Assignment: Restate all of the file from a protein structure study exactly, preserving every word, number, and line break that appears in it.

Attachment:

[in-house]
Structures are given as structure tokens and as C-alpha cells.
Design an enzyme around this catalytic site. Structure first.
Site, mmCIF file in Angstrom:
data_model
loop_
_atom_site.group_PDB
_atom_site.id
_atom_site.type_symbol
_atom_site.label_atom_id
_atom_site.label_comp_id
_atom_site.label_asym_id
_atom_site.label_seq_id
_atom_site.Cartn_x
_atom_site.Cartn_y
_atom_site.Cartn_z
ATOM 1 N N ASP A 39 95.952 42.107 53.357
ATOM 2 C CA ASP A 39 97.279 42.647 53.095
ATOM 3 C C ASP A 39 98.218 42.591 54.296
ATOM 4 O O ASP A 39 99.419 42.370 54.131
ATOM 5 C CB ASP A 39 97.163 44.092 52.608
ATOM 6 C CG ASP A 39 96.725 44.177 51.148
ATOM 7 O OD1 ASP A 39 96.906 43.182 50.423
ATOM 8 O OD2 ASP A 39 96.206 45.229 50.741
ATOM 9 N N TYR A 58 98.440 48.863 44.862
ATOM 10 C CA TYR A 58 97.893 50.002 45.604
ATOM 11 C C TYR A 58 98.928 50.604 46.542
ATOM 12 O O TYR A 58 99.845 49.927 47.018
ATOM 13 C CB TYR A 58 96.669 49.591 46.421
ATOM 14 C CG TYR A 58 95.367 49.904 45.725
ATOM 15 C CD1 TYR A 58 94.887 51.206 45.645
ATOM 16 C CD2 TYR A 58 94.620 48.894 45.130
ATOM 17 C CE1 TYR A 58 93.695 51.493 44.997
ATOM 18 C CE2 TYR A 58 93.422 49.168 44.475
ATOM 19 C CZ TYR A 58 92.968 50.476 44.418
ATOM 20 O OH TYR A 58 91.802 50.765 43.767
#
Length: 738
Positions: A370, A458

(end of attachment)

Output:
[in-house]
Structures are given as structure tokens and as C-alpha cells.
Design an enzyme around this catalytic site. Structure first.
Site, mmCIF file in Angstrom:
data_model
loop_
_atom_site.group_PDB
_atom_site.id
_atom_site.type_symbol
_atom_site.label_atom_id
_atom_site.label_comp_id
_atom_site.label_asym_id
_atom_site.label_seq_id
_atom_site.Cartn_x
_atom_site.Cartn_y
_atom_site.Cartn_z
ATOM 1 N N ASP A 39 95.952 42.107 53.357
ATOM 2 C CA ASP A 39 97.279 42.647 53.095
ATOM 3 C C ASP A 39 98.218 42.591 54.296
ATOM 4 O O ASP A 39 99.419 42.370 54.131
ATOM 5 C CB ASP A 39 97.163 44.092 52.608
ATOM 6 C CG ASP A 39 96.725 44.177 51.148
ATOM 7 O OD1 ASP A 39 96.906 43.182 50.423
ATOM 8 O OD2 ASP A 39 96.206 45.229 50.741
ATOM 9 N N TYR A 58 98.440 48.863 44.862
ATOM 10 C CA TYR A 58 97.893 50.002 45.604
ATOM 11 C C TYR A 58 98.928 50.604 46.542
ATOM 12 O O TYR A 58 99.845 49.927 47.018
ATOM 13 C CB TYR A 58 96.669 49.591 46.421
ATOM 14 C CG TYR A 58 95.367 49.904 45.725
ATOM 15 C CD1 TYR A 58 94.887 51.206 45.645
ATOM 16 C CD2 TYR A 58 94.620 48.894 45.130
ATOM 17 C CE1 TYR A 58 93.695 51.493 44.997
ATOM 18 C CE2 TYR A 58 93.422 49.168 44.475
ATOM 19 C CZ TYR A 58 92.968 50.476 44.418
ATOM 20 O OH TYR A 58 91.802 50.765 43.767
#
Length: 738
Positions: A370, A458